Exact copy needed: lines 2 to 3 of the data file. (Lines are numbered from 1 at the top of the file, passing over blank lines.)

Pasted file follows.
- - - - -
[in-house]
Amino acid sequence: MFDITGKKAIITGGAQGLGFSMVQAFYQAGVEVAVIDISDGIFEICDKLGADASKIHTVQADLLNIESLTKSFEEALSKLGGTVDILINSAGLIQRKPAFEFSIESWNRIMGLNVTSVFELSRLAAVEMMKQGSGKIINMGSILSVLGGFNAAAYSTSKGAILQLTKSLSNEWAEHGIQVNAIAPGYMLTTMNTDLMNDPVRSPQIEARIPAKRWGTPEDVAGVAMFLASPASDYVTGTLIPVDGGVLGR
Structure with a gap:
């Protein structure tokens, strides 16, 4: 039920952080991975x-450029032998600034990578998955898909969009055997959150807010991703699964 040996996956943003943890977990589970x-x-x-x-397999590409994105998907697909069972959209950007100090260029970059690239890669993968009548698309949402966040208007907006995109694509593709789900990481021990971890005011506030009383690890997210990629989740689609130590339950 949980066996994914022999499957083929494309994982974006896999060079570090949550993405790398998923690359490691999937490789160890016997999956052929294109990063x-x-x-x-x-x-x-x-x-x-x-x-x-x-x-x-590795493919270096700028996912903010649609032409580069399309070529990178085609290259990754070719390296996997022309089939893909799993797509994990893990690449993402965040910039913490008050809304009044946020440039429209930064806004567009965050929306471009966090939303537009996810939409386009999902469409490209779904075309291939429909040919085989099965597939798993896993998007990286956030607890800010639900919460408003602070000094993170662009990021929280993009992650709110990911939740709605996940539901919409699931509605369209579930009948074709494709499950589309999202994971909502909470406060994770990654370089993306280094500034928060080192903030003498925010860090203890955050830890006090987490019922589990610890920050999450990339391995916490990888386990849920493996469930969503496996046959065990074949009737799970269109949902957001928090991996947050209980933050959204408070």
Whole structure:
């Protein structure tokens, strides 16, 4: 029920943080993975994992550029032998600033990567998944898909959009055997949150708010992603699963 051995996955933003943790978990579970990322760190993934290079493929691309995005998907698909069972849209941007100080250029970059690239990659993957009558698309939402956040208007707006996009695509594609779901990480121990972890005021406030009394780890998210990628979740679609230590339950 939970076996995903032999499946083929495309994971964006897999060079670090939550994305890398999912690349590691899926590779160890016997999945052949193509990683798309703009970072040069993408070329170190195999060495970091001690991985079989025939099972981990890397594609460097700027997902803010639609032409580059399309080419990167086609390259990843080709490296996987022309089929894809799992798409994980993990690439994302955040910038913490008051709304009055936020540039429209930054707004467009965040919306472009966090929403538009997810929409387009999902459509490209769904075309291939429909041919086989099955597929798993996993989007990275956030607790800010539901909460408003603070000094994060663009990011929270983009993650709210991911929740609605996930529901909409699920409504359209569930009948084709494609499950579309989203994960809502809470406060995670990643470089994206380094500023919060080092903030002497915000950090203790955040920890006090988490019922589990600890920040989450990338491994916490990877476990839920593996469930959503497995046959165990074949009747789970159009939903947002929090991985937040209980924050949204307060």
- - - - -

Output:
Amino acid sequence: MFDITGKKAIITGGAQGLGFSMVQAFYQAGVEVAVIDISDGIFEICDKLGADASKIHTVQADLLNIESLTKSFEEALSKLGGTVDILINSAGLIQRKPAFEFSIESWNRIMGLNVTSVFELSRLAAVEMMKQGSGKIINMGSILSVLGGFNAAAYSTSKGAILQLTKSLSNEWAEHGIQVNAIAPGYMLTTMNTDLMNDPVRSPQIEARIPAKRWGTPEDVAGVAMFLASPASDYVTGTLIPVDGGVLGR
Structure with a gap: